I came across this over on Celledoor Miscellany.
A priest-friend of Paul VI, as quoted in Life magazine, March 20, 1970:
"After the turmoil following the Vatican Council, it will take two or three generations to reconstruct Catholicism."
Well, here we are folks, and we have a lot of work to do. In the context of religious life, I would prefer a different term than reconstruction. Retrieval, maybe.
Nevertheless, the more I converse with folks who seem to regard themselves as part of this project or retrieval, and I include myself, the more I think we need to be careful about our spiritual attitude toward those who have preceded us.
Our spiritual mothers and fathers in religious life are the ones who stayed when many others left. They stayed because they believed in our vocation, and found in their liberation from former oppressive structures a spirituality that sustained them. This can be hard to appreciate for us who converted or reverted the faith in flight from the vertigo of the relativism and aimlessness of the world; our spiritual parents were liberated from structure and thick notions of absolute truth, while we were liberated to these things.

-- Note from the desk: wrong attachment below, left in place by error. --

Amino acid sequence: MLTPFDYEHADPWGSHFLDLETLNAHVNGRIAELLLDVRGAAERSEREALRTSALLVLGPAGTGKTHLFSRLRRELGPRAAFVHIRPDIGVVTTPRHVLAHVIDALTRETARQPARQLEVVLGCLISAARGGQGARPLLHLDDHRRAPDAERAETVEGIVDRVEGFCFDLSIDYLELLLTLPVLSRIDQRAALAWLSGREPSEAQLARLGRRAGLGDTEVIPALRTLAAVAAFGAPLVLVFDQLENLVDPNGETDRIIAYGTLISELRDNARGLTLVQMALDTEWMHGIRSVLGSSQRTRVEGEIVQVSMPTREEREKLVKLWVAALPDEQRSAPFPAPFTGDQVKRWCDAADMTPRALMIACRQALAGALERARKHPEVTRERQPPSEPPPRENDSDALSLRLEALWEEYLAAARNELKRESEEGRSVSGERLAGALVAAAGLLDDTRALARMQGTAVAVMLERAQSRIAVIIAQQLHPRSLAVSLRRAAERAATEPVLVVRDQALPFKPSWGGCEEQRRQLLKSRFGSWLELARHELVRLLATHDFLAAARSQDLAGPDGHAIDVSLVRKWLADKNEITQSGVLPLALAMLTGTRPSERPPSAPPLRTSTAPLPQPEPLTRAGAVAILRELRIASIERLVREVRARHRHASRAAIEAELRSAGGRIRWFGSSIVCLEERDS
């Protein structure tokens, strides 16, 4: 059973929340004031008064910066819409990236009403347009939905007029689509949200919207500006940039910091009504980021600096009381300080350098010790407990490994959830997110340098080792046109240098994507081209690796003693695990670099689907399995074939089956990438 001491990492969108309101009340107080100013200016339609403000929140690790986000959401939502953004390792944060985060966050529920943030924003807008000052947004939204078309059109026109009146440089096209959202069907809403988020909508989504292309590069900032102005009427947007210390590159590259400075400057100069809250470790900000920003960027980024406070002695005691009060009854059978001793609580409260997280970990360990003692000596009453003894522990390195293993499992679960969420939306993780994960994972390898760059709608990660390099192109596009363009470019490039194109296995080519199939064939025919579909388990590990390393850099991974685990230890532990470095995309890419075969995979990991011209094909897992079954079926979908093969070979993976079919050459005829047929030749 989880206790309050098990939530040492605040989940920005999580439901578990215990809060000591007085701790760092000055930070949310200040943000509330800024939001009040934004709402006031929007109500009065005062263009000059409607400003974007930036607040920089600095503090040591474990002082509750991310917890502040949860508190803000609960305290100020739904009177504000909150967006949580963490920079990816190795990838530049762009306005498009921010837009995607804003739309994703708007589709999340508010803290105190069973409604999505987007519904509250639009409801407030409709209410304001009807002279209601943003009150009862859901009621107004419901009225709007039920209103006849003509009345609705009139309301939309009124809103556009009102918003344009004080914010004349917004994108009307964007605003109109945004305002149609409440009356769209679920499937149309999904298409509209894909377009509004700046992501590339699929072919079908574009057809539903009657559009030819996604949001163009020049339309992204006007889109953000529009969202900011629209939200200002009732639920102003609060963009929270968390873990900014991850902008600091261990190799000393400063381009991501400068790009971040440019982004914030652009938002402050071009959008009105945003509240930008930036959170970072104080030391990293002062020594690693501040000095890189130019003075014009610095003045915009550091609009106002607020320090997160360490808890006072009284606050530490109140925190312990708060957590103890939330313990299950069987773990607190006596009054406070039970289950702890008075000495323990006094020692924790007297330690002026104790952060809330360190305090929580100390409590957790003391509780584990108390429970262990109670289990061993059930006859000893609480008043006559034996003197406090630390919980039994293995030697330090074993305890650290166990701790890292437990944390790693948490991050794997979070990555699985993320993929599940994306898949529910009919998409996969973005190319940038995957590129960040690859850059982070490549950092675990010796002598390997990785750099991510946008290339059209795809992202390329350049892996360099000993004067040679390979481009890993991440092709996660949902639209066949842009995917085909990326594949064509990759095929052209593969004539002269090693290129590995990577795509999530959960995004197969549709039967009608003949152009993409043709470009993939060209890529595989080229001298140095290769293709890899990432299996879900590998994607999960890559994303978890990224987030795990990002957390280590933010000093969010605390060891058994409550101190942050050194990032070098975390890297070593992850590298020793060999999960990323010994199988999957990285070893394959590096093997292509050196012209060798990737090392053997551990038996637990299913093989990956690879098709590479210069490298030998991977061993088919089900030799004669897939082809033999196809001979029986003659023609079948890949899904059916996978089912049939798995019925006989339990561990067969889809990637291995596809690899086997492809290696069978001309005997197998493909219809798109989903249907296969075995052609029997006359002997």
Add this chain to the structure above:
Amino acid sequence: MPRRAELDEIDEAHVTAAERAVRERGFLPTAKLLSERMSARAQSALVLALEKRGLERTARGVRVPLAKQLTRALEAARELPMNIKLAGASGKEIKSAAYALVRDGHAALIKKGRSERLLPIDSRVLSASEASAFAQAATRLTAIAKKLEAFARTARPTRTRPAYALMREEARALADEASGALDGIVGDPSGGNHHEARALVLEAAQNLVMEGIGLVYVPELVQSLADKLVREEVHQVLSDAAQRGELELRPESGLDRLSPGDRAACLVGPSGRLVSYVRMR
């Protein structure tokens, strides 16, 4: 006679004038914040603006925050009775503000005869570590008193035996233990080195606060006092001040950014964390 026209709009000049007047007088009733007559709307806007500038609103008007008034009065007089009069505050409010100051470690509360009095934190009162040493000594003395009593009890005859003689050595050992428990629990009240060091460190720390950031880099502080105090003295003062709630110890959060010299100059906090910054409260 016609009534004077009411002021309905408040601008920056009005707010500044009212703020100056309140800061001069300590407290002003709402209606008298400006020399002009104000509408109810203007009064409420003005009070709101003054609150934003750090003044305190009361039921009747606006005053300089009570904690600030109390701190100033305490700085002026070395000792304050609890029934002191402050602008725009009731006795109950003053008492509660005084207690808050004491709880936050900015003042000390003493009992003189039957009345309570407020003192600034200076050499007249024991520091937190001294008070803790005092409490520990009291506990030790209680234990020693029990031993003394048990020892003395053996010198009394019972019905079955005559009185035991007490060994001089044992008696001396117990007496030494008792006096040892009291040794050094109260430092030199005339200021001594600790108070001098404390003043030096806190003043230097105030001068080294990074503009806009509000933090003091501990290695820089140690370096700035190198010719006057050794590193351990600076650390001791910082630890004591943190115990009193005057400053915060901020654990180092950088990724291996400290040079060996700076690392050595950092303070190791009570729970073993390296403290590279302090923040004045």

But this does not, and should not prevent us from appreciating the spiritual energy that must have been felt by what is now the older generation, and from acknowledging that Holy Spirit was in it for them. Yes, they dismantled a religious culture perhaps without realizing how destabilizing it would be to put nothing in particular in its place, but we too one day will leave our own particular shortsightedness as a thorn in the side of our spiritual children and the work of our historical moment incomplete in some way.
A while back a youngish traddy was telling me about how he had approached and made fun of an older religious sister who was protesting for some liberal cause or other, as if he wanted me to approve of such a thing. I should have scolded him.
Yes, we have a lot to recover, a lot to retrieve, even a culture to rebuild. But the rightness of our historical task does not invalidate that of our parents, the fruits of whose liberation even the most ardent traddies enjoy in many ways.
For example, anyone who has gone to his pastor or even his bishop, trying to enforce his right to the Extraordinary Form as declared in Summorum pontificum, has the 'Spirit of Vatican II' to thank that he can even imagine doing such a thing.